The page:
Who: The Family DALS
What: Dumpling Dinner
When: Wednesday Early Evening, Day 4 of a 6-Day, 90-Plus Degree Heat Wave
Where: Somewhere in Suburban New York
Why: Try them
6:30 I guess I should think about dinner.
6:31 Open fridge. Summer spinach, almost wilted, staring at me. Quick scan reveals heel of cabbage, bag of organic (yet still tasteless) shredded carrots.
6:32 Lightbulb! Dumplings!
6:40 Sauté all greens in aromatics (ginger, onions, garlic); drizzle with soy sauce and vinegar; remove to a bowl.
6:45 Damn it’s hot. Peel kids off TV room couch.
7:00 Hit the neighborhood pool. On the way, send bikini-and-flip-flop clad 12-year-old into store to buy wonton wrappers.
7:40 Home. Dumpling Assembly Line. Remind kids that allowance is something to be earned.
8:00 Dinner: Dumplings + a bowl of raw sugar snap peas.
8:30 Return to pool. (Why shower when you can swim?)
I’ve added chopped water chestnuts before (and also tofu) but I’m guessing that’s not the kind of thing you have lying around…and making use of what you have lying around is the name of the game here. Measurements are approximate — it’s definitely a feel-your-way kind of recipe. If you have leftover cooked shrimp or pork, just chop finely, and use in place of the vegetables below.
2 tablespoons neutral oil such as vegetable (or olive oil in a pinch)
1 teaspoon sesame oil
1 bunch scallions (light green and white parts only), minced OR 1/2 small onion, chopped
1-inch piece fresh ginger, peeled and minced
1 clove garlic, minced
few dashes red pepper flakes
generous handful (about 2 cups) shredded greens (chard, summer spinach, kale, spinach, collards, escarole)
small handful shredded (about a half cup) carrots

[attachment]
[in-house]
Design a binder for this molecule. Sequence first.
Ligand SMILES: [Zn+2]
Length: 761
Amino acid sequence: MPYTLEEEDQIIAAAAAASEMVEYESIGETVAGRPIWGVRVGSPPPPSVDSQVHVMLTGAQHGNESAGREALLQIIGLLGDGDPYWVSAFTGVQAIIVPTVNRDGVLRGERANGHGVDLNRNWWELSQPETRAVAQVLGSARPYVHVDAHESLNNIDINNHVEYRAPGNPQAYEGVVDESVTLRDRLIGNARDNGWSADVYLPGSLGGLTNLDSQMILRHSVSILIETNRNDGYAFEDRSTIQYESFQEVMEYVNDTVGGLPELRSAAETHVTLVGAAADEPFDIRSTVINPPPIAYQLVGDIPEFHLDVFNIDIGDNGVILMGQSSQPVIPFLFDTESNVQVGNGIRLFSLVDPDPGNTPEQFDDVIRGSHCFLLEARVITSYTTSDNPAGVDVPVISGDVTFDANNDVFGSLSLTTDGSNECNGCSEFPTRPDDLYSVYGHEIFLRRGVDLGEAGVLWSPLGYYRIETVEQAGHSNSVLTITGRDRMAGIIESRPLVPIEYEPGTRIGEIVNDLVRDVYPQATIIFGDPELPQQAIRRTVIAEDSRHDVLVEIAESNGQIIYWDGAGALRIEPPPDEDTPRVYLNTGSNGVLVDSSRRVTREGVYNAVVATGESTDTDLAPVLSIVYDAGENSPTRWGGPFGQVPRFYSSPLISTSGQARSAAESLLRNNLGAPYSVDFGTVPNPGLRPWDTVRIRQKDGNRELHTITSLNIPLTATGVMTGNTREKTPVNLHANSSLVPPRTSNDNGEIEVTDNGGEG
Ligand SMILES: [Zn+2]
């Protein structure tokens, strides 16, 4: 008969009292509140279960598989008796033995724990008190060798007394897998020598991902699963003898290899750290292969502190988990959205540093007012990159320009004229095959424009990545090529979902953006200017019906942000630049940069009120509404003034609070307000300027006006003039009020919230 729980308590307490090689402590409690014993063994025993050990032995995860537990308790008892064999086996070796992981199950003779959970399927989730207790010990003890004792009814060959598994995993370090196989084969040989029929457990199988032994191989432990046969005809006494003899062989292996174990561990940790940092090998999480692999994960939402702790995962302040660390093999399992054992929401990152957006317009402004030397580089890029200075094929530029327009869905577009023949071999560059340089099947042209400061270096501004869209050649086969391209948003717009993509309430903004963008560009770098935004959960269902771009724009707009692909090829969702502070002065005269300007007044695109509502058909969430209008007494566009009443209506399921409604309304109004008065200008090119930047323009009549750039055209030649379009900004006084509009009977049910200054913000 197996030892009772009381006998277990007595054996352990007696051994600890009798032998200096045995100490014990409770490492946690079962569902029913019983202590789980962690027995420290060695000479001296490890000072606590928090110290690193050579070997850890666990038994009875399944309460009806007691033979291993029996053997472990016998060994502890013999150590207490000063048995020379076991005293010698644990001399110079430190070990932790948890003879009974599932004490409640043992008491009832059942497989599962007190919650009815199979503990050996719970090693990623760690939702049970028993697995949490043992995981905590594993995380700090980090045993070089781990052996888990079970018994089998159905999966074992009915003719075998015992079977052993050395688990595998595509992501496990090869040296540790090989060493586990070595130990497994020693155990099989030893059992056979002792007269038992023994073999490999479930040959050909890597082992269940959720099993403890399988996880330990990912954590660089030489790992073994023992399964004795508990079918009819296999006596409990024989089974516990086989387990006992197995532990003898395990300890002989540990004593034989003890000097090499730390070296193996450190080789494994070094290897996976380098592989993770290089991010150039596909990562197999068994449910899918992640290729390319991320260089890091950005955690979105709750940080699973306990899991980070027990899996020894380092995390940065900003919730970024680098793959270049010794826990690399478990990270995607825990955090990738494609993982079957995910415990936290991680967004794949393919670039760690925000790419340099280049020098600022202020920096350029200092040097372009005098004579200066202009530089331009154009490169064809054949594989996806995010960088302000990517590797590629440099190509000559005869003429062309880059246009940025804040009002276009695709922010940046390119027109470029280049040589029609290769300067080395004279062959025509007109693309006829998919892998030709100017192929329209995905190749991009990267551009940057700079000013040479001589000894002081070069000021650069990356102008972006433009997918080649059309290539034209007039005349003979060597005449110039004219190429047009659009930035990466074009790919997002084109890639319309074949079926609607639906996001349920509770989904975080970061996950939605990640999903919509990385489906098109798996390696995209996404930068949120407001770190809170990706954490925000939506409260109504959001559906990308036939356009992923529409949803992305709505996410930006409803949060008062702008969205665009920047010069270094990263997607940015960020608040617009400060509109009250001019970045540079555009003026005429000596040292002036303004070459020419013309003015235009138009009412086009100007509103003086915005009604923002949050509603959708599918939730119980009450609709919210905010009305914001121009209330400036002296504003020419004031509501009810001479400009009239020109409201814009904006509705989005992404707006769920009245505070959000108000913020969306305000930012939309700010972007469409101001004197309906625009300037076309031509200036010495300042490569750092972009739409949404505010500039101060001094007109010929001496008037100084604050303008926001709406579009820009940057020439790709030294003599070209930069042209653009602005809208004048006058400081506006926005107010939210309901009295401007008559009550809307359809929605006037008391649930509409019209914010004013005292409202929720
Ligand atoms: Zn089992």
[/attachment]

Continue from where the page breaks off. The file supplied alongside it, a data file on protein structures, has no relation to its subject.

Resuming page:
small handful shredded (about a half cup) cabbage (Napa, red, savoy)
2 tablespoons soy sauce (or to taste, depending on how many greens you have)
1 tablespoon rice wine vinegar
20-25 wonton wrappers (I used Nasoya brand)
oil (if frying)
In a deep-sided skillet over medium heat, add oils, then scallions, ginger, garlic, and red pepper flakes. Sauté until softened, about 2 minutes. Add vegetables and cook another two minutes until wilted. Add soy sauce and rice wine vinegar. Taste. Make sure it’s good. Remove to a bowl and snip with kitchen scissors. (So your kids don’t end up biting into a long stringy green and then declaring it their last bite. It happens.)
Fill a small bowl with water. Working one at a time, using your fingers, paint the rim of a wonton wrapper, then dollop about two teaspoons of your vegetables into the center. Fold over and pinch sides together so they resemble triangles, as shown above. Repeat with remaining dumplings, and don’t be afraid to enlist the kids, especially if those kids have been collecting allowance with not a whole lot to boast on the job description lately.
Once all your dumplings are assembled, steam over simmering water for 4-5 minutes, or fry a half dozen at at time for 1-2 minutes in vegetable oil over medium heat. If frying, remove to a paper-towel lined plate and cover with foil as you go.
Serve with a dipping sauce made of mostly soy sauce, a little rice wine vinegar, and a squeeze of lime juice.